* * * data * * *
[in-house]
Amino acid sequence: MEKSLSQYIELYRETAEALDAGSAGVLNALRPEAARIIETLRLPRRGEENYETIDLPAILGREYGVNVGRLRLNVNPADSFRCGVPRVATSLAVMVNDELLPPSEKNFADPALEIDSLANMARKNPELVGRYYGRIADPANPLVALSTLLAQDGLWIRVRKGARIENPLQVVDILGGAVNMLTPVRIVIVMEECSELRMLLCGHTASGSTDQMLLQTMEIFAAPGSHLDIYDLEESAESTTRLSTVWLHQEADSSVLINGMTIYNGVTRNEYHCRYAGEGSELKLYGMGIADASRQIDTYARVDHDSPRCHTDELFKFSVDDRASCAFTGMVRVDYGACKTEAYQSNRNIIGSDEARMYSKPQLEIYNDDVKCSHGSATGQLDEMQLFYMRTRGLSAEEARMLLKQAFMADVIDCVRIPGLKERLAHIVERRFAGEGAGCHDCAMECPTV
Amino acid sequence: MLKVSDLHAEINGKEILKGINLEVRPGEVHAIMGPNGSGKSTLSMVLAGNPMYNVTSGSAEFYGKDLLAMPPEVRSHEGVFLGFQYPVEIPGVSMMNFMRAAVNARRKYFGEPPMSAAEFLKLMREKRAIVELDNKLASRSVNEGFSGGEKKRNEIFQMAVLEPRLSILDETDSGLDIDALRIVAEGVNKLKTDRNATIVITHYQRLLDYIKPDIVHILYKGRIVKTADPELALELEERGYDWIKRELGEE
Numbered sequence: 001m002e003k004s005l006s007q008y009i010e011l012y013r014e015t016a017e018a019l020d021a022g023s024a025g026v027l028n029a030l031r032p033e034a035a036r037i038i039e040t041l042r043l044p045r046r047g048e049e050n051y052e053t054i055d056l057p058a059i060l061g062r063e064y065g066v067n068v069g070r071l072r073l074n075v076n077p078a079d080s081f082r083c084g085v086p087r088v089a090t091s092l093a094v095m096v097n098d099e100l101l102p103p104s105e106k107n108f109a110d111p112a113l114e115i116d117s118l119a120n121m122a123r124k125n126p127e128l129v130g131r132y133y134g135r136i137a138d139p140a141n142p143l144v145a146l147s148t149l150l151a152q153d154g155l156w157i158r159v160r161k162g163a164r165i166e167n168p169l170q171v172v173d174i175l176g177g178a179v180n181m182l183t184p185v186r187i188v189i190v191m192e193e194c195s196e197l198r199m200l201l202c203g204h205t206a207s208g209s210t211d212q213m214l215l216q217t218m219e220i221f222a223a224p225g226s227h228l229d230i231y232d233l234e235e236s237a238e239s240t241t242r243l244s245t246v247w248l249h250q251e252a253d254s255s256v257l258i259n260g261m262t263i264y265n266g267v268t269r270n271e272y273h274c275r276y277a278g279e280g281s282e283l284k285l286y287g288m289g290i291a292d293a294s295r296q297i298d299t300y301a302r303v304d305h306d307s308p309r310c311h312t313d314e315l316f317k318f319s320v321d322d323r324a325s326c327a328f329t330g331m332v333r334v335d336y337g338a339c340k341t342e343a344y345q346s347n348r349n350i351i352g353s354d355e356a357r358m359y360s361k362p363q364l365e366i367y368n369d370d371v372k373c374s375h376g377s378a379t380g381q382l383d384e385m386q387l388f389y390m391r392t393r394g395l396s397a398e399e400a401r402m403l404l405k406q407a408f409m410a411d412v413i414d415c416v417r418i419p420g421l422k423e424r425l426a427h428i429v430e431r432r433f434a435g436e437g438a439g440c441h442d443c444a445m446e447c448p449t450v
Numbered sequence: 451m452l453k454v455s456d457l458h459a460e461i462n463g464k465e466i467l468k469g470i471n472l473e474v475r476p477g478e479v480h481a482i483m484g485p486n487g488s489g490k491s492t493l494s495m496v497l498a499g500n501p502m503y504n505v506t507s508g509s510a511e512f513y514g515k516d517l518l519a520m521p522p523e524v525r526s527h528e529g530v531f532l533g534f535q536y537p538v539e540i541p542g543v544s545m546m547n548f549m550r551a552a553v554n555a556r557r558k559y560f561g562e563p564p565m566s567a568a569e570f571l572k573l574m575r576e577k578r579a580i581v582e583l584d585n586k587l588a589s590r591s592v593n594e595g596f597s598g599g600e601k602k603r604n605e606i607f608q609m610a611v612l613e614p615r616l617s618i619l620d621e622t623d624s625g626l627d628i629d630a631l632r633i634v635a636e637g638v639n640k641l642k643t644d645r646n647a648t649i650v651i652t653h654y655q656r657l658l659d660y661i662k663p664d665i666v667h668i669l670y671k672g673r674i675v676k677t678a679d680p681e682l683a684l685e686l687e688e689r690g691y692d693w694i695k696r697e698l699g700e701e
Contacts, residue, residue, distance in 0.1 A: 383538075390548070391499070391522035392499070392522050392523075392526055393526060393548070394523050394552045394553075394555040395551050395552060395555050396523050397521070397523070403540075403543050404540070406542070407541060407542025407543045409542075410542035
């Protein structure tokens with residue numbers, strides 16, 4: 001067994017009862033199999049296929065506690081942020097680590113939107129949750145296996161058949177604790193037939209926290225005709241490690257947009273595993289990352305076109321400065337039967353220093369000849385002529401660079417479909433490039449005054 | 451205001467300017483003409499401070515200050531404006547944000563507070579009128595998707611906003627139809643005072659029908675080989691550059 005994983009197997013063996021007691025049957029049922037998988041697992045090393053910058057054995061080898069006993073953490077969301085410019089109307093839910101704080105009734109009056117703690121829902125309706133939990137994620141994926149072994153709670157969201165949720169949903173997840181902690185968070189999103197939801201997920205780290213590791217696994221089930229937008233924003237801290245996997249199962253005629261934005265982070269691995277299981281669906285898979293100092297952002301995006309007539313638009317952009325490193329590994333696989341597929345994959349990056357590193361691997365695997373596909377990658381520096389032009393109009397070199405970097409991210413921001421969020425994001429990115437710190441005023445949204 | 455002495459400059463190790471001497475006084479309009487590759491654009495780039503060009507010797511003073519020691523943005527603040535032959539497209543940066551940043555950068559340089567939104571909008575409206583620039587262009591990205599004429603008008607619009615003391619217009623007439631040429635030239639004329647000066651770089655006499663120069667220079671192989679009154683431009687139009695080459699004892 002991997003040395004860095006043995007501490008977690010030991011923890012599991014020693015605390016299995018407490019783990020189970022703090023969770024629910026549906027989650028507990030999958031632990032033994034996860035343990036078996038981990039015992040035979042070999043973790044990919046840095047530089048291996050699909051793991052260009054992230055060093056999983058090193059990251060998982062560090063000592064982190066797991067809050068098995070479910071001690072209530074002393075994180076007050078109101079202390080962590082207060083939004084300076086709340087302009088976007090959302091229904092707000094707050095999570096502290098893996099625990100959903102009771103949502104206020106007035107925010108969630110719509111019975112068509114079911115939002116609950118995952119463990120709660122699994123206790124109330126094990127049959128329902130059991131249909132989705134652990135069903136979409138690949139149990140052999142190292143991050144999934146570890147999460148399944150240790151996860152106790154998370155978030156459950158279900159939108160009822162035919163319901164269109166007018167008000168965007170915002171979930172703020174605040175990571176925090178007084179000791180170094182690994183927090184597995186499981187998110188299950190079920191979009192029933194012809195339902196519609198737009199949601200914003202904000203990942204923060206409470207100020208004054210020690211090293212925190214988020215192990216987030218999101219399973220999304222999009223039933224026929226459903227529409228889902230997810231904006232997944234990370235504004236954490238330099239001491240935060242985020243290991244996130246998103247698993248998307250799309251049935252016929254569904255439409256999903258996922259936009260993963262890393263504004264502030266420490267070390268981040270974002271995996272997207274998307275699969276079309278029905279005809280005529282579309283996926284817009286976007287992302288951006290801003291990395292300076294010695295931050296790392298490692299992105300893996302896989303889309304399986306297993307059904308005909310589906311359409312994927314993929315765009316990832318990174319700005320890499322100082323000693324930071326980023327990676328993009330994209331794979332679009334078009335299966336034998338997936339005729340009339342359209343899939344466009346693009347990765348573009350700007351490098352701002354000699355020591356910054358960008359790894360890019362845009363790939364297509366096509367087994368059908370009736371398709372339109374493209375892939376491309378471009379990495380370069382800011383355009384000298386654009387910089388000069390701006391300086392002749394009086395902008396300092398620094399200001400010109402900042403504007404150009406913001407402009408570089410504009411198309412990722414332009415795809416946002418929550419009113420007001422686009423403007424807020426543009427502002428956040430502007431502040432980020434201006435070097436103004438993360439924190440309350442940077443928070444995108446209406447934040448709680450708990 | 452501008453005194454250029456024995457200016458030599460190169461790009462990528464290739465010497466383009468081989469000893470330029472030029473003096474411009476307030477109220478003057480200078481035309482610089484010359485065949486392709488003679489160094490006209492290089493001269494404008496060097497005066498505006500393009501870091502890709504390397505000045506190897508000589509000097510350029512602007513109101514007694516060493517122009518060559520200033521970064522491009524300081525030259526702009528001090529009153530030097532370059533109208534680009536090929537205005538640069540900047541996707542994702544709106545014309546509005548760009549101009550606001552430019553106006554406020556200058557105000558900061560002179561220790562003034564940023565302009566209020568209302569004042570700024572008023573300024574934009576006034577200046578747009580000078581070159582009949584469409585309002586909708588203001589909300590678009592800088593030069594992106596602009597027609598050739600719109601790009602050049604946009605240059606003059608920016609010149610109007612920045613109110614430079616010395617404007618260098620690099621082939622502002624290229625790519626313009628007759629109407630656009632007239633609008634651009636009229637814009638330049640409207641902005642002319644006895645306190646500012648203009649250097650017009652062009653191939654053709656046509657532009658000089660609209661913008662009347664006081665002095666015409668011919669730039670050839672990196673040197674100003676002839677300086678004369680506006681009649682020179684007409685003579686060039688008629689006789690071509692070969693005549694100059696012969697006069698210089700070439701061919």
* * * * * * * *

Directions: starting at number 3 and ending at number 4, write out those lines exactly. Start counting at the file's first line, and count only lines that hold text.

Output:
Amino acid sequence: MLKVSDLHAEINGKEILKGINLEVRPGEVHAIMGPNGSGKSTLSMVLAGNPMYNVTSGSAEFYGKDLLAMPPEVRSHEGVFLGFQYPVEIPGVSMMNFMRAAVNARRKYFGEPPMSAAEFLKLMREKRAIVELDNKLASRSVNEGFSGGEKKRNEIFQMAVLEPRLSILDETDSGLDIDALRIVAEGVNKLKTDRNATIVITHYQRLLDYIKPDIVHILYKGRIVKTADPELALELEERGYDWIKRELGEE
Numbered sequence: 001m002e003k004s005l006s007q008y009i010e011l012y013r014e015t016a017e018a019l020d021a022g023s024a025g026v027l028n029a030l031r032p033e034a035a036r037i038i039e040t041l042r043l044p045r046r047g048e049e050n051y052e053t054i055d056l057p058a059i060l061g062r063e064y065g066v067n068v069g070r071l072r073l074n075v076n077p078a079d080s081f082r083c084g085v086p087r088v089a090t091s092l093a094v095m096v097n098d099e100l101l102p103p104s105e106k107n108f109a110d111p112a113l114e115i116d117s118l119a120n121m122a123r124k125n126p127e128l129v130g131r132y133y134g135r136i137a138d139p140a141n142p143l144v145a146l147s148t149l150l151a152q153d154g155l156w157i158r159v160r161k162g163a164r165i166e167n168p169l170q171v172v173d174i175l176g177g178a179v180n181m182l183t184p185v186r187i188v189i190v191m192e193e194c195s196e197l198r199m200l201l202c203g204h205t206a207s208g209s210t211d212q213m214l215l216q217t218m219e220i221f222a223a224p225g226s227h228l229d230i231y232d233l234e235e236s237a238e239s240t241t242r243l244s245t246v247w248l249h250q251e252a253d254s255s256v257l258i259n260g261m262t263i264y265n266g267v268t269r270n271e272y273h274c275r276y277a278g279e280g281s282e283l284k285l286y287g288m289g290i291a292d293a294s295r296q297i298d299t300y301a302r303v304d305h306d307s308p309r310c311h312t313d314e315l316f317k318f319s320v321d322d323r324a325s326c327a328f329t330g331m332v333r334v335d336y337g338a339c340k341t342e343a344y345q346s347n348r349n350i351i352g353s354d355e356a357r358m359y360s361k362p363q364l365e366i367y368n369d370d371v372k373c374s375h376g377s378a379t380g381q382l383d384e385m386q387l388f389y390m391r392t393r394g395l396s397a398e399e400a401r402m403l404l405k406q407a408f409m410a411d412v413i414d415c416v417r418i419p420g421l422k423e424r425l426a427h428i429v430e431r432r433f434a435g436e437g438a439g440c441h442d443c444a445m446e447c448p449t450v